Located north of its partner, the Shimogamo-jinja Shrine, this shrine is one of the oldest in Kyōto. It holds significant purpose in numerous festivals, such as Aoi Matsuri, or Hollyhock Festival, in May. 

To-ji Temple

Meaning East Temple, the To-ji Temple was built after the capital was moved to Kyōto in the late 700s. Kukai (known posthumously as Kobo Daishi), the founder of the Shingon sect of Japanese Buddhism, was appointed head priest of To-ji — making it one of the sect’s most important and treasured temples. 


Kiyomizu-dera Temple

Located in the hills of east Kyōto at the Otowa Waterfall, this temple was established in 780. Its main building and large deck, which overlooks a wild expanse of trees as well as the city, were built without nails. The name Kiyomizu translates to pure water.


Daigo-ji Temple

This temple complex stretches across an entire mountainside and features iconic Momoyama architecture. In the lower area of the complex stands a five-story pagoda — Kyōto’s oldest surviving structure. Built in 951, the pagoda has been spared from numerous fires that have devastated the temple complex over time. 


Ninna-ji Temple

Numerous wars and fires mean that none of the Ninna-ji Temple’s original buildings are still standing. However, the temple was rebuilt in the 1600s — keeping its history alive. Many visitors stop at the former Goten, or residence of the head priest, as it was built in the style of an imperial palace and features beautiful rock and pond gardens.


Byodo-in Temple

Byodo-in’s Phoenix Hall may look familiar to visitors who have exchanged their currency — it is immortalized on the 10 yen coin. Located in the town of Uji, just outside of Kyōto but within Kyōto prefecture, the temple is an exquisite example of the Heian period’s aristocratic art.


Ujigami-jinja Shrine

Believed to be Japan’s oldest existing shrine, Ujigami-jinja’s exact age is unknown. Located near the Uji River, Ujigami sits amid a small alcove against the hills of southern Kyōto and is considered a prime example of the most classic of Shinto architecture.   


Kozan-ji Temple

Located in a mountainous forest overlooking the Kiyotaki-gawa river valley, the Kozan-ji Temple is home to the oldest tea field in Japan. The priest’s residence holds significance all its own, with its thatch roof and shingles, as it is one of few remaining examples of Kamakura Period architecture. 


Saiho-ji Temple  

More commonly known as Koke-dera, meaning moss temple, Saiho-ji Temple is home to 120 different varieties of moss. It began as Prince Shotoku’s villa before becoming a temple, and then in 1339, it became a Zen temple under priest Muso Soseki — who is believed to have curated the moss gardens.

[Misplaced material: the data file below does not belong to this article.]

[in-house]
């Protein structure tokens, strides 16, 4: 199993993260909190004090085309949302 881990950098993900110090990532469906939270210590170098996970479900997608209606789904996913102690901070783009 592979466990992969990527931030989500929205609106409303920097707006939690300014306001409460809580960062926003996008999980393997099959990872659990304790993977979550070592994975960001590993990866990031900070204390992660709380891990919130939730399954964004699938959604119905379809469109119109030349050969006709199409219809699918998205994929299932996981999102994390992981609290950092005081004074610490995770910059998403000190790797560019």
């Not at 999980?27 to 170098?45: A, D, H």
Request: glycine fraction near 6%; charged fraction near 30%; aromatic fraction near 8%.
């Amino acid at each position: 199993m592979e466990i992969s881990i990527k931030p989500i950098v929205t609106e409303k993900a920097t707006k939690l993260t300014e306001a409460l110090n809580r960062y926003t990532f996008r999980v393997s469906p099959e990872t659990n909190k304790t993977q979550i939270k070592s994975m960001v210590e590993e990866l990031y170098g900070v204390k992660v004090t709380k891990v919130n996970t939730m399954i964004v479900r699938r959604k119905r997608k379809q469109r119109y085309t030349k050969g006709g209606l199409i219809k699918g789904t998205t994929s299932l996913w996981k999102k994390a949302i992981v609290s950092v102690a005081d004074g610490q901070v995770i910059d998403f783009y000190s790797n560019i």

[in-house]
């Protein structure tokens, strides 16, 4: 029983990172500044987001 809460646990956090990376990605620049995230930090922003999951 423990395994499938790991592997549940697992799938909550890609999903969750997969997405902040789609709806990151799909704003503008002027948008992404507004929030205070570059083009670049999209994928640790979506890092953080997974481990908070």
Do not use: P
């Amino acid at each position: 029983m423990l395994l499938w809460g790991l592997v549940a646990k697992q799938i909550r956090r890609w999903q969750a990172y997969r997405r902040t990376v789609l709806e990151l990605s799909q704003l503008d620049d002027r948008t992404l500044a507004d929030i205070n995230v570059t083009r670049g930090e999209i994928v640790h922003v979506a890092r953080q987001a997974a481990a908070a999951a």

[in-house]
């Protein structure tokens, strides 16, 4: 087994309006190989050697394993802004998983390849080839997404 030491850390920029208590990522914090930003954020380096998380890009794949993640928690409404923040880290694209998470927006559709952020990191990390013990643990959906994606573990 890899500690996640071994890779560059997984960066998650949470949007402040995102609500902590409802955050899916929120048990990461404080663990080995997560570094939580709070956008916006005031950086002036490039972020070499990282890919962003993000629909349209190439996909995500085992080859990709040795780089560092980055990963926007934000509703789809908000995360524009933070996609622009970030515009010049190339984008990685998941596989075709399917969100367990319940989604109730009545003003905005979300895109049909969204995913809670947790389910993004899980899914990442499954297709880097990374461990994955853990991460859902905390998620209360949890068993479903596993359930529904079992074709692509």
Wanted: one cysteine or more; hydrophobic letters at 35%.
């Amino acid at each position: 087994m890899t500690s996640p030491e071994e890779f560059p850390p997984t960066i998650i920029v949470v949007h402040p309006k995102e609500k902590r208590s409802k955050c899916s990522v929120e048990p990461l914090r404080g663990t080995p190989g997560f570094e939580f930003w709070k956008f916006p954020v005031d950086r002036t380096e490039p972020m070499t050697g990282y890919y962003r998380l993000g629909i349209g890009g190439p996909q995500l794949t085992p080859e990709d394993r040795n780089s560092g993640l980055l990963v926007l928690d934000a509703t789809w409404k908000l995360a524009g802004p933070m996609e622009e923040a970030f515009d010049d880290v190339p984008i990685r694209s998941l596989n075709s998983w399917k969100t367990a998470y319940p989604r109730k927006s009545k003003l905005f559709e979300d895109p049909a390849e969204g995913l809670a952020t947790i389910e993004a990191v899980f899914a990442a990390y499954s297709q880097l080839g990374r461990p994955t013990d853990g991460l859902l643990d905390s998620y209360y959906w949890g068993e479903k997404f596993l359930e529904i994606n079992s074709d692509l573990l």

Tenryu-ji Temple

Ranked first among Kyōto’s five great Zen temples, Tenryu-ji has its own school within the Rinzai Zen sect of Japanese Buddhism. While the buildings were destroyed by fires and rebuilt over the years, the garden has survived in its original design. 

Kinkaku-ji Temple 

Also known as The Golden Pavilion, Kinkaku-ji Temple is iconic because its top two floors are entirely covered in shimmering gold leaf. Sitting over a serene pond, the structure was originally a retirement villa for the shogun Ashikaga Yoshimitsu. In his will, he asked that it became a Zen temple of the Rinzai sect, which it did in 1408. 


Ginkaku-ji Temple 

As the retirement villa for the grandson of The Golden Pavillion’s owner, this structure was modeled after its predecessor — and dubbed The Silver Pavilion. During its heyday in the 1480s, it was the center of contemporary culture. Just like Ashikaga Yoshimitsu’s villa, this was also willed to become a Zen temple.   


Ryoan-ji Temple

Owned by the Myoshinji school of the Rinzai sect of Zen Buddhism, the Ryoan-ji Temple is home to Japan’s most famous rock gardens. The garden’s age and designer are unknown, adding to the location’s serene mystic.  


Nishi Hongan-ji Temple

Located in the heart of Kyōto, Nishi Hongan-ji is one of two temples that serve as the headquarters of the Jodo-Shin sect, or True Pure Land — one of Japan’s most popular Buddhist sects. It is home to the Hiunkaku Pavilion — one of the few surviving masterpieces of architecture from the Azuchi-Momoyama and early Edo Periods. 


Nijo-jo Castle

Home to Tokugawa Ieyasu, the first shogun of the Edo Period, Nijo-jo Castle is a symbol of prestige. The castle’s construction began in 1601 and took 25 years to complete. Along with the garden, it was opened to the public in 1939 and tells a rich history of both Ieyasu’s life and the region.


Kyōto has long been a vibrant city. Home to royalty, government officials and religious leaders, for more than a century it has fostered and preserved Japan’s creativity and culture. Its history is both captivating and dynamic. It continues to protect and honor traditional crafts, religious monuments, and Japanese culture as a whole so that generations to come can experience the fullness of Japan.